A transparent world through face recognition and the great challenge for privacy

2/18/2010 | Christian Kreutz

As if the digital world was not already big enough, it still keeps expanding to the offline or physical world. But what does offline anyway means these days with ubiquitous mobile Internet access? That term is losing its meaning. Should that be a problem? Yes, because Internet users and social media invades the privacy of many people, who do not want to be as public and also happen to have healthy scepticism about some technical achievements.

The example of digital face recognition

There is a drastic change on how the Internet is gathering information about the offline world. Tim O'Reilly calls it information shadow (pdf). One great example is to offer digital maps for advocacy. Another example is facial recognition, where the story looks a lot different. It is not new that software is able to recognize faces out of  digital images to identify persons from a database. Security services around the world use it. What has changed?

  1. **The face recognition technology has got very precise. **Even out of a moving mass, people can be recognized and persons can be easily identified.  The book radical cartography has a map from an activist, who shows that there is only one way left to walk through downtown Manhattan where you are not filmed.
  2. Surveillance is a growing worldwide. Increasingly, everything is filmed. Holland and England are the front runners in Europe, although "it displaces crime, rather than reducing it". Ironically, security services themselves have a problem as the latest killing of Hamas's Mahmoud al-Mabhouh shows. There is spooky footage from the  preparation of the assassination. But it goes even further: German police is experimenting with drones for civil use (unmanned air vehicles).
  3. The face** recognition feature is increasingly included in all types of** software. As a consequence, we offer companies a huge database of people's faces. Apple offers it now in there iPhoto version and Google offers it in Picasa. The strangely named company Vitaman D offers surveillance software to everyone. A web cam becomes a tool to spy on your neighbours.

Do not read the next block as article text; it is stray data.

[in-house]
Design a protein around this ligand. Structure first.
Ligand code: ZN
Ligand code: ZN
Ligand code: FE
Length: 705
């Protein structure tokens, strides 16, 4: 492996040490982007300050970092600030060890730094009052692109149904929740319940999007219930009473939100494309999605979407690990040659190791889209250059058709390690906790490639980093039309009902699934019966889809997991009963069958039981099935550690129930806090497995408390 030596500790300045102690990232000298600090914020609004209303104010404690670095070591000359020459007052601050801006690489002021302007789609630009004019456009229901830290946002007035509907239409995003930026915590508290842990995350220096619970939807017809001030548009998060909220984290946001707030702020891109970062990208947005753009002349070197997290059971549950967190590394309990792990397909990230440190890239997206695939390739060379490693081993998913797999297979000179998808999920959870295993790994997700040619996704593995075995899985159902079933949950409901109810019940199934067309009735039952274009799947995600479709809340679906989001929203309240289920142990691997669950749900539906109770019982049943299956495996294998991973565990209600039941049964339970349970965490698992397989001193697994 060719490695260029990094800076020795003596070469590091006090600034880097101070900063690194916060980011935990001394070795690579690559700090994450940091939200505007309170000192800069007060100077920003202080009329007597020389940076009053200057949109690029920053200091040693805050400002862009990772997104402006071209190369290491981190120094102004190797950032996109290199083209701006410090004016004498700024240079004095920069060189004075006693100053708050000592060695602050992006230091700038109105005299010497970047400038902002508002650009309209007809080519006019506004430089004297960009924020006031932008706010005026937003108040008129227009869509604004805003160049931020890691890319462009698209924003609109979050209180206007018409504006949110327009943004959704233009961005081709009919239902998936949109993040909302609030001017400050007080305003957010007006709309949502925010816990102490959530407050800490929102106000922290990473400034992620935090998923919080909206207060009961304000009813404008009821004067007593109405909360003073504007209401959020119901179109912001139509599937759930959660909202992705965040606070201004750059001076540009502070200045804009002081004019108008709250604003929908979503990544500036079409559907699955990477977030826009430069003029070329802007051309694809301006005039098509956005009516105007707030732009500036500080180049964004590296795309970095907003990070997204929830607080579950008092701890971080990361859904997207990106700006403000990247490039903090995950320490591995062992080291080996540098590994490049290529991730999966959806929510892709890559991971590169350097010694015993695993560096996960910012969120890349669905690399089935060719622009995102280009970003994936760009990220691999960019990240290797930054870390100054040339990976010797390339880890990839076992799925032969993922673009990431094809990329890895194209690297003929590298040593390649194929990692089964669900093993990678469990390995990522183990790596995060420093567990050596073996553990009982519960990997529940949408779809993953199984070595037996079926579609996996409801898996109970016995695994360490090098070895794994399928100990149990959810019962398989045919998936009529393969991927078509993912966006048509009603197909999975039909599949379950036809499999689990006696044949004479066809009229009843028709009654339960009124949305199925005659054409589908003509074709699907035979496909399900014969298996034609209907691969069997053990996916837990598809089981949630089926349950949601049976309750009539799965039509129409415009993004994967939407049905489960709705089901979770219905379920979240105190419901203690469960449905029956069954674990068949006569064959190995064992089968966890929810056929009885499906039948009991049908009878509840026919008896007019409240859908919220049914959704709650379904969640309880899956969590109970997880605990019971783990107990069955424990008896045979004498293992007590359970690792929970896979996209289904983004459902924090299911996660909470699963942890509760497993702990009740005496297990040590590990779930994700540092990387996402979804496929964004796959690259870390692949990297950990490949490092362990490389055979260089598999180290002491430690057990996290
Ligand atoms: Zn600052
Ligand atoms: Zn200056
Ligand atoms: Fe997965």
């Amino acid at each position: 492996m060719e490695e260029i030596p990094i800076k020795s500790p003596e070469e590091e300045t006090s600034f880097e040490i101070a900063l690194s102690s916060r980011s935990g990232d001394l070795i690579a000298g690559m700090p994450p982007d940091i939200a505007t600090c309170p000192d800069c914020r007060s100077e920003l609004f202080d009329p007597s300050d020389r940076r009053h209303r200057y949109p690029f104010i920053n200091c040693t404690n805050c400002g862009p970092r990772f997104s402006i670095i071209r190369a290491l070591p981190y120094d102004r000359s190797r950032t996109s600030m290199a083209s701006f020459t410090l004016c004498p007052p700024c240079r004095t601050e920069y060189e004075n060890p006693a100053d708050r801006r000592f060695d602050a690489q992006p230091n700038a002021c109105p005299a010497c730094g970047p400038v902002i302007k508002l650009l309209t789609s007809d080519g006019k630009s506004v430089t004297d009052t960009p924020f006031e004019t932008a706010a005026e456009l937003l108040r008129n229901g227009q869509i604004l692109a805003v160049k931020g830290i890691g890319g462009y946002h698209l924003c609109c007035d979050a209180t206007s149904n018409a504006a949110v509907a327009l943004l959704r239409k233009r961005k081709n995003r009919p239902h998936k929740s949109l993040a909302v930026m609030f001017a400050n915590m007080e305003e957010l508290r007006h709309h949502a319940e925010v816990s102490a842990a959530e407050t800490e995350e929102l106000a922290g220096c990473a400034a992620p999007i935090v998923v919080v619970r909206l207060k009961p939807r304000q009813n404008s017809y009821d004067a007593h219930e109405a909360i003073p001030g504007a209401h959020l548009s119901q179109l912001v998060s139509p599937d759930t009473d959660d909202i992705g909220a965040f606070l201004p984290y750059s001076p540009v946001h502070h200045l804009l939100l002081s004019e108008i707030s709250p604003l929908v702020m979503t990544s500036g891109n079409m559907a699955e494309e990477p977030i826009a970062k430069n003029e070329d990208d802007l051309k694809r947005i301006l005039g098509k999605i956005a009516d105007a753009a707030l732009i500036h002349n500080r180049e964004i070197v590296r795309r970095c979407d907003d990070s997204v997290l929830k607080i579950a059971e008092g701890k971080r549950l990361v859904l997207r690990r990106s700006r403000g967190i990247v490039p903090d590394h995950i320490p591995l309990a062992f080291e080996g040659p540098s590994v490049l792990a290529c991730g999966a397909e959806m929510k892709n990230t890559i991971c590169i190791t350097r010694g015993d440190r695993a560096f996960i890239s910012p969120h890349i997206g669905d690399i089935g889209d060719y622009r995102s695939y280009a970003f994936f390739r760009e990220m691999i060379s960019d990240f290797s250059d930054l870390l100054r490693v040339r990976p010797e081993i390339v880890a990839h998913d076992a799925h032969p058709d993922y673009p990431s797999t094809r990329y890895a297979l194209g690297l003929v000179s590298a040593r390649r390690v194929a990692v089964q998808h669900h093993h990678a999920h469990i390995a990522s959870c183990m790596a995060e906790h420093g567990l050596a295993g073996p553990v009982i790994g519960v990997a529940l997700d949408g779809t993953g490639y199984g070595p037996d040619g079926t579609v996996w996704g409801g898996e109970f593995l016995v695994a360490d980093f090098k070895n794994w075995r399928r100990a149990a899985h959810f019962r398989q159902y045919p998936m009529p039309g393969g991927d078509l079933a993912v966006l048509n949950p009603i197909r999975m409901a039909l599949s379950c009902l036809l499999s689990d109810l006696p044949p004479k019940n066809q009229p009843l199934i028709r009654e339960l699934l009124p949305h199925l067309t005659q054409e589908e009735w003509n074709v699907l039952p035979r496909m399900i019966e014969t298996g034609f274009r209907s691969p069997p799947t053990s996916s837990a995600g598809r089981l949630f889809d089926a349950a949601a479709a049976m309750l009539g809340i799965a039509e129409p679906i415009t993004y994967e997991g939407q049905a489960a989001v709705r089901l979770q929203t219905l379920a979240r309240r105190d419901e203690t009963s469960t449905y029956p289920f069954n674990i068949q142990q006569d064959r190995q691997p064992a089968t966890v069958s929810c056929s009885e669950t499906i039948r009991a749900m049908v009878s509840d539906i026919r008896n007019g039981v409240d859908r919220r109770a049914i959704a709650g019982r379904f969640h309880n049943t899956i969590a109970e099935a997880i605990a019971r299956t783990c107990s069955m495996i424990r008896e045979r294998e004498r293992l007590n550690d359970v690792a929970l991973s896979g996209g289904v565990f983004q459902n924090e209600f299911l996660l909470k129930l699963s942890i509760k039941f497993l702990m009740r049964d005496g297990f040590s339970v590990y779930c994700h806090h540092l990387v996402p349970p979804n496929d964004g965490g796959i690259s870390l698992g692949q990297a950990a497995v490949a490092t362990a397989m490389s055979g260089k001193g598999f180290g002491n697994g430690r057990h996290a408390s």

4. **People tagging themselves and their friends and family in photos on a massive scale. **Facebook members upload around 3 billion photos each month. We, as members, help to build a gigantic database for face recognition. Of course not only members are tagged, but also people, who might never want to be part of that. Facebook does that intentionally and even aknowledge the fact in their terms of services. Seems they cannot get enough of their existing members.

Google has a face recognition feature already built in their Goggles software for mobile phones, but luckily it is so far blocked. But for how long? Imagine you sit in a cafe and make a photo of a person and get all available information from that person – forum entries, work life, etc. To be fair, they will also launch soon a translation function, where you can take a photo of a menu in a restaurant with your mobile phone and it will be translated within minutes.  A typical example of this dilemma: Practical technology achievements, but also huge consequences for privacy.

Mark Zuckerberg is leading the way into a scary future, where he wants us to forget about privacy and open up our Facebook accounts. Ironically, in the end, he closed down his profile again.

The result: You become recognized if you want it or not, and each day in more places around the world. I personally find this very scary. Consequences are not clear, companies' intentions are not clear either.

What do you think?